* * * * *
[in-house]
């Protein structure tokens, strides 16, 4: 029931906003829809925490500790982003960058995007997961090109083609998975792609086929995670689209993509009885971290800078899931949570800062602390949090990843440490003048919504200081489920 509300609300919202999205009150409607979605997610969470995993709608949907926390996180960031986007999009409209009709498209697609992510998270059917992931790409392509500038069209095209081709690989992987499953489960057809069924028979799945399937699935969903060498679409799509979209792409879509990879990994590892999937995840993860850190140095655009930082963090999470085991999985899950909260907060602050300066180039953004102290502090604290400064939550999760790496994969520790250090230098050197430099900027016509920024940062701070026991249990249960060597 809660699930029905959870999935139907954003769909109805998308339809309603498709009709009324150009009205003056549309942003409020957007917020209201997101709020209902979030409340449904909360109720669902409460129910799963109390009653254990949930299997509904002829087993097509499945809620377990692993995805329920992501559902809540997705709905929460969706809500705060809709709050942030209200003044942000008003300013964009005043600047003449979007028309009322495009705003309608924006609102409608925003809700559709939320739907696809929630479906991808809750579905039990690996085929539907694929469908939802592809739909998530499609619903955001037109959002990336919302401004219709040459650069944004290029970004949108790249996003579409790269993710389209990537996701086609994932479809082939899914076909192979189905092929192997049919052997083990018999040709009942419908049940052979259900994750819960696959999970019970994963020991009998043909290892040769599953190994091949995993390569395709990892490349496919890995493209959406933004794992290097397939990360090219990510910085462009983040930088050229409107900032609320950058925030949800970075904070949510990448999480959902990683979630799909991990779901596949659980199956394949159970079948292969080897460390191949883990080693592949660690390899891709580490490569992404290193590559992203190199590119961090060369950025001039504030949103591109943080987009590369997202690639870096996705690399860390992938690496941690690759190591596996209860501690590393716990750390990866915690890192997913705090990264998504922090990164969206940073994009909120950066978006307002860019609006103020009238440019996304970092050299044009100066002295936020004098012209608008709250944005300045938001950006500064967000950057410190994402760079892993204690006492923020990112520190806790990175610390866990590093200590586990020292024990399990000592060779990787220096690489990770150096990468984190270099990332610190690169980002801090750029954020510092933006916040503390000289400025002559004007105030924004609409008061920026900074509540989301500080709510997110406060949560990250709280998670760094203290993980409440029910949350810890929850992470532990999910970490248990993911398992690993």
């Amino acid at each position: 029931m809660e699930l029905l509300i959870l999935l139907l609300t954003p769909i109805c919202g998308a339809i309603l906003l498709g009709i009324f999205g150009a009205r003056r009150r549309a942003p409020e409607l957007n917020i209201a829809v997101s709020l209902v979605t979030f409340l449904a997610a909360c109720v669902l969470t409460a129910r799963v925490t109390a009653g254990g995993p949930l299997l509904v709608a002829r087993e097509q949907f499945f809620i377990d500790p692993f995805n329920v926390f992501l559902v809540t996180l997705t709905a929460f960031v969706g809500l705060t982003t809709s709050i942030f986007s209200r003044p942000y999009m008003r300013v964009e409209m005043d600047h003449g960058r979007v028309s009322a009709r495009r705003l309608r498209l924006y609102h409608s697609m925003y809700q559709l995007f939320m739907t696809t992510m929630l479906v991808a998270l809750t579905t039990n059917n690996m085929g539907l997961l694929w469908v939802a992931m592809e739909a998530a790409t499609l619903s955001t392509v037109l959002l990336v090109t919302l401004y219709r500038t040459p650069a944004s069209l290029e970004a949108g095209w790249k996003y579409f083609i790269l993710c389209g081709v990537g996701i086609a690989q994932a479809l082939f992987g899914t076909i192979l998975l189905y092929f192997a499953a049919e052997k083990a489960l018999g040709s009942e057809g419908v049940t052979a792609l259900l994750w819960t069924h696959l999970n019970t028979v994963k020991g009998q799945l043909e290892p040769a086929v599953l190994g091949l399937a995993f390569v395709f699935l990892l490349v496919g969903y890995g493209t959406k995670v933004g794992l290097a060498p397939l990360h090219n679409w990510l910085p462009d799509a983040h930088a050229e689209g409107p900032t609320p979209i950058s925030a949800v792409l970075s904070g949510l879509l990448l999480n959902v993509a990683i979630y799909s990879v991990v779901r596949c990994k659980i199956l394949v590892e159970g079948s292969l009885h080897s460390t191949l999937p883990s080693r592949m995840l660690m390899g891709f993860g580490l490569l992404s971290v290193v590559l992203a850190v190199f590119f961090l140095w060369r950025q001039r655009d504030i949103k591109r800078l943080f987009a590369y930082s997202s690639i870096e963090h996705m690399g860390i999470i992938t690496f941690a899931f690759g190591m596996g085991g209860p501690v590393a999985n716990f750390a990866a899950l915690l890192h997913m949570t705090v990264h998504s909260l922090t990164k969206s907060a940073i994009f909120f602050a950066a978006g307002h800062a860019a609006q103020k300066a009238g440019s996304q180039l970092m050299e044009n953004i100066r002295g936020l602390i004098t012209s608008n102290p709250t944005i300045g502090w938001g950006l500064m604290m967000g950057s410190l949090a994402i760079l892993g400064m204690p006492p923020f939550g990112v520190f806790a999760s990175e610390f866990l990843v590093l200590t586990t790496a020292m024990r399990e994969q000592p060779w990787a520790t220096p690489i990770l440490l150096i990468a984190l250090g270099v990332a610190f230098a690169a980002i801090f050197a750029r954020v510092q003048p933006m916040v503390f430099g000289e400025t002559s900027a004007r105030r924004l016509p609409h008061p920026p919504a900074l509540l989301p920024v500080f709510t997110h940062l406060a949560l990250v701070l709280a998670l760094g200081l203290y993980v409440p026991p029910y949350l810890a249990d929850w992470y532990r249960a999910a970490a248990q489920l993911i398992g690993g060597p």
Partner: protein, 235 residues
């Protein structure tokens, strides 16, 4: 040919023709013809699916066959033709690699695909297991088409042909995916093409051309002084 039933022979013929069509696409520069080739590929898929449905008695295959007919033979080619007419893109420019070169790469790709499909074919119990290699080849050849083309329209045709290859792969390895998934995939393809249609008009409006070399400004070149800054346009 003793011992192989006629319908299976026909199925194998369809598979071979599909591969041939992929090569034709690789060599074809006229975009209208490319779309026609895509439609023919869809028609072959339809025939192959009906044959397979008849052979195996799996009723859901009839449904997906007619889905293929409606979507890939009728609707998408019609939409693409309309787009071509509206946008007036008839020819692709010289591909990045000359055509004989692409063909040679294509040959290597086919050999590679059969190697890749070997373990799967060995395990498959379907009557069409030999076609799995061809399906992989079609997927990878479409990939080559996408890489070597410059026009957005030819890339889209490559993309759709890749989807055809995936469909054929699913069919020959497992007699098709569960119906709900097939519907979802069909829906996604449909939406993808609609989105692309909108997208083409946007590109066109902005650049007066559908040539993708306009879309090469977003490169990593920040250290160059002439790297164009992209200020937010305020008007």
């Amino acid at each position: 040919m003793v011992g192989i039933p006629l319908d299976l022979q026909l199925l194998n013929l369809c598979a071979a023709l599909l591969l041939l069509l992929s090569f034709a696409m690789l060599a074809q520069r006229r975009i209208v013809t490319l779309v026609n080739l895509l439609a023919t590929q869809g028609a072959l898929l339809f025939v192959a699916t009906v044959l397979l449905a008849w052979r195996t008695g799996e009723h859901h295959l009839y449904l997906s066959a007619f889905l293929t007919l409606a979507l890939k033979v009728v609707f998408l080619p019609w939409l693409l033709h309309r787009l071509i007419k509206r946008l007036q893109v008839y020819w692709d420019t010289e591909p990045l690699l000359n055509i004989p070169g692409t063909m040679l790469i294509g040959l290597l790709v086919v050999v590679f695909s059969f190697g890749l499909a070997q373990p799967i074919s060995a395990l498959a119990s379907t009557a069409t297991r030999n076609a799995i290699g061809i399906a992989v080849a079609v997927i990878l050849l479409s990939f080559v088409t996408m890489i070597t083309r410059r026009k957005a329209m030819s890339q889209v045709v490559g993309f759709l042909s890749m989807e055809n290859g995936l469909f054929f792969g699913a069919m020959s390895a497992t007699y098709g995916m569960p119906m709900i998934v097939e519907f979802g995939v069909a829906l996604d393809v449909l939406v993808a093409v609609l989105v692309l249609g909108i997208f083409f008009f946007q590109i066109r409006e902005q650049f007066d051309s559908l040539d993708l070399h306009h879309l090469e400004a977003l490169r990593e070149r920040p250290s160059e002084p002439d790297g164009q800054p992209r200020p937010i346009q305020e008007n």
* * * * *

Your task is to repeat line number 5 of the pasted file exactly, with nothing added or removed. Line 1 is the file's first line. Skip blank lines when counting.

């Protein structure tokens, strides 16, 4: 040919023709013809699916066959033709690699695909297991088409042909995916093409051309002084 039933022979013929069509696409520069080739590929898929449905008695295959007919033979080619007419893109420019070169790469790709499909074919119990290699080849050849083309329209045709290859792969390895998934995939393809249609008009409006070399400004070149800054346009 003793011992192989006629319908299976026909199925194998369809598979071979599909591969041939992929090569034709690789060599074809006229975009209208490319779309026609895509439609023919869809028609072959339809025939192959009906044959397979008849052979195996799996009723859901009839449904997906007619889905293929409606979507890939009728609707998408019609939409693409309309787009071509509206946008007036008839020819692709010289591909990045000359055509004989692409063909040679294509040959290597086919050999590679059969190697890749070997373990799967060995395990498959379907009557069409030999076609799995061809399906992989079609997927990878479409990939080559996408890489070597410059026009957005030819890339889209490559993309759709890749989807055809995936469909054929699913069919020959497992007699098709569960119906709900097939519907979802069909829906996604449909939406993808609609989105692309909108997208083409946007590109066109902005650049007066559908040539993708306009879309090469977003490169990593920040250290160059002439790297164009992209200020937010305020008007």